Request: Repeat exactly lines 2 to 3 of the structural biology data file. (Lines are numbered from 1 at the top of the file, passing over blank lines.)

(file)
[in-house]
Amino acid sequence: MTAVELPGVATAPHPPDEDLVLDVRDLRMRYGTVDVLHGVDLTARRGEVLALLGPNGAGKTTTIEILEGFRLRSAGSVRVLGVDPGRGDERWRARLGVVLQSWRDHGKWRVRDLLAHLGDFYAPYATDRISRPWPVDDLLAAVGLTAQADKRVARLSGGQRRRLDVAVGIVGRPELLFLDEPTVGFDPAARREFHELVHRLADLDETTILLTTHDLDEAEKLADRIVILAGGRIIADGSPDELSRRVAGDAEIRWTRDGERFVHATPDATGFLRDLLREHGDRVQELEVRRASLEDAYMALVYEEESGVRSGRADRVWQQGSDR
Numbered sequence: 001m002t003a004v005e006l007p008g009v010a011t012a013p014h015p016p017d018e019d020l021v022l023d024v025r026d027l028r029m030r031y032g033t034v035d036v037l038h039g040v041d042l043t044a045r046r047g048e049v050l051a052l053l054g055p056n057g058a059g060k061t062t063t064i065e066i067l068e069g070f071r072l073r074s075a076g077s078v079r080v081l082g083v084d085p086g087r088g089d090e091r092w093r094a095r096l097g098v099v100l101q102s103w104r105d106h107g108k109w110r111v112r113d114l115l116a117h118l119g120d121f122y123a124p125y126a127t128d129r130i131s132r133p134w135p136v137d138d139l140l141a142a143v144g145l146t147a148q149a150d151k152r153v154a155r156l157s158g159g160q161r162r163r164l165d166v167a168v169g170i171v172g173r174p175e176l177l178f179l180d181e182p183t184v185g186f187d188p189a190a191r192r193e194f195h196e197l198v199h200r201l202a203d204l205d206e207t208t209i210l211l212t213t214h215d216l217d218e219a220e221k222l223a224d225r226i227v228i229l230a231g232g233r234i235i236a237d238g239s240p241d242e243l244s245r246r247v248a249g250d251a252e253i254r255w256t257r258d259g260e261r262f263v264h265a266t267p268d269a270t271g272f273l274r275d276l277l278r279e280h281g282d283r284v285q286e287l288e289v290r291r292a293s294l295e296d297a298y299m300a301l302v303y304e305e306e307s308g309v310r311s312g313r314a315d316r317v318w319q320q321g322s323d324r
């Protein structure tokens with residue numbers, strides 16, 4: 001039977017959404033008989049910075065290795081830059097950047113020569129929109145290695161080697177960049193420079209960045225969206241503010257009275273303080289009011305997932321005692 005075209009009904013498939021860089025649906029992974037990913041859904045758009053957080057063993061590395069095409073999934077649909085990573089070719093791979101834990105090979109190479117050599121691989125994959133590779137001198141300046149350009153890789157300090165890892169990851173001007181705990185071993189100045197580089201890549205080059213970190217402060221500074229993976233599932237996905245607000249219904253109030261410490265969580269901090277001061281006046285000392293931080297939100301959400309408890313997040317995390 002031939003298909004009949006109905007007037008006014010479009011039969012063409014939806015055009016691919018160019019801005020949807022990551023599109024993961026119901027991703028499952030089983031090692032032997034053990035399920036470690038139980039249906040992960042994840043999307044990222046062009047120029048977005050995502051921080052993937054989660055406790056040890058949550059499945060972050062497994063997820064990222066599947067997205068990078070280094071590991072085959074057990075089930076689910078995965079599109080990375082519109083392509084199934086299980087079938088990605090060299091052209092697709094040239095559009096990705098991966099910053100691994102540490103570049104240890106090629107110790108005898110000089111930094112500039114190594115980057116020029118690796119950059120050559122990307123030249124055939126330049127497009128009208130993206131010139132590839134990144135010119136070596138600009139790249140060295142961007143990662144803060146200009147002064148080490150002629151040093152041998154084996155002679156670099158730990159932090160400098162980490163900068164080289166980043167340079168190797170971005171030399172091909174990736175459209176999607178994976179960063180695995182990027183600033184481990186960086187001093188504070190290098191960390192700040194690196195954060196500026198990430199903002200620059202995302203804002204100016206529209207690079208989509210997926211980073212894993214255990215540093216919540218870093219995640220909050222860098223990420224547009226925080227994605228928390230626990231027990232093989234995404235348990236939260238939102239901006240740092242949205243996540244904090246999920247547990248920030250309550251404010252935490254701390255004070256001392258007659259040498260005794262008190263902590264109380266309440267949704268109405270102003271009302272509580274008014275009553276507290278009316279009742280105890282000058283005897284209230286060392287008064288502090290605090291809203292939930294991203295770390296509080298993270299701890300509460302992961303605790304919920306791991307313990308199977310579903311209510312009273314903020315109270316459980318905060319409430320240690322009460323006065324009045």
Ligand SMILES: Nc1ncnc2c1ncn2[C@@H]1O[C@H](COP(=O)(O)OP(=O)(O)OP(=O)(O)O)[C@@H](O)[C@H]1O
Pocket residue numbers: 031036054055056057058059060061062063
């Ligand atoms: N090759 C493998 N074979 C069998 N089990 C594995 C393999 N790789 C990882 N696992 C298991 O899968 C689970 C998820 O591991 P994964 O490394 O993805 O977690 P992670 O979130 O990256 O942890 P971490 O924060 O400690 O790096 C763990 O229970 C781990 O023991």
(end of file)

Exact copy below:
Amino acid sequence: MTAVELPGVATAPHPPDEDLVLDVRDLRMRYGTVDVLHGVDLTARRGEVLALLGPNGAGKTTTIEILEGFRLRSAGSVRVLGVDPGRGDERWRARLGVVLQSWRDHGKWRVRDLLAHLGDFYAPYATDRISRPWPVDDLLAAVGLTAQADKRVARLSGGQRRRLDVAVGIVGRPELLFLDEPTVGFDPAARREFHELVHRLADLDETTILLTTHDLDEAEKLADRIVILAGGRIIADGSPDELSRRVAGDAEIRWTRDGERFVHATPDATGFLRDLLREHGDRVQELEVRRASLEDAYMALVYEEESGVRSGRADRVWQQGSDR
Numbered sequence: 001m002t003a004v005e006l007p008g009v010a011t012a013p014h015p016p017d018e019d020l021v022l023d024v025r026d027l028r029m030r031y032g033t034v035d036v037l038h039g040v041d042l043t044a045r046r047g048e049v050l051a052l053l054g055p056n057g058a059g060k061t062t063t064i065e066i067l068e069g070f071r072l073r074s075a076g077s078v079r080v081l082g083v084d085p086g087r088g089d090e091r092w093r094a095r096l097g098v099v100l101q102s103w104r105d106h107g108k109w110r111v112r113d114l115l116a117h118l119g120d121f122y123a124p125y126a127t128d129r130i131s132r133p134w135p136v137d138d139l140l141a142a143v144g145l146t147a148q149a150d151k152r153v154a155r156l157s158g159g160q161r162r163r164l165d166v167a168v169g170i171v172g173r174p175e176l177l178f179l180d181e182p183t184v185g186f187d188p189a190a191r192r193e194f195h196e197l198v199h200r201l202a203d204l205d206e207t208t209i210l211l212t213t214h215d216l217d218e219a220e221k222l223a224d225r226i227v228i229l230a231g232g233r234i235i236a237d238g239s240p241d242e243l244s245r246r247v248a249g250d251a252e253i254r255w256t257r258d259g260e261r262f263v264h265a266t267p268d269a270t271g272f273l274r275d276l277l278r279e280h281g282d283r284v285q286e287l288e289v290r291r292a293s294l295e296d297a298y299m300a301l302v303y304e305e306e307s308g309v310r311s312g313r314a315d316r317v318w319q320q321g322s323d324r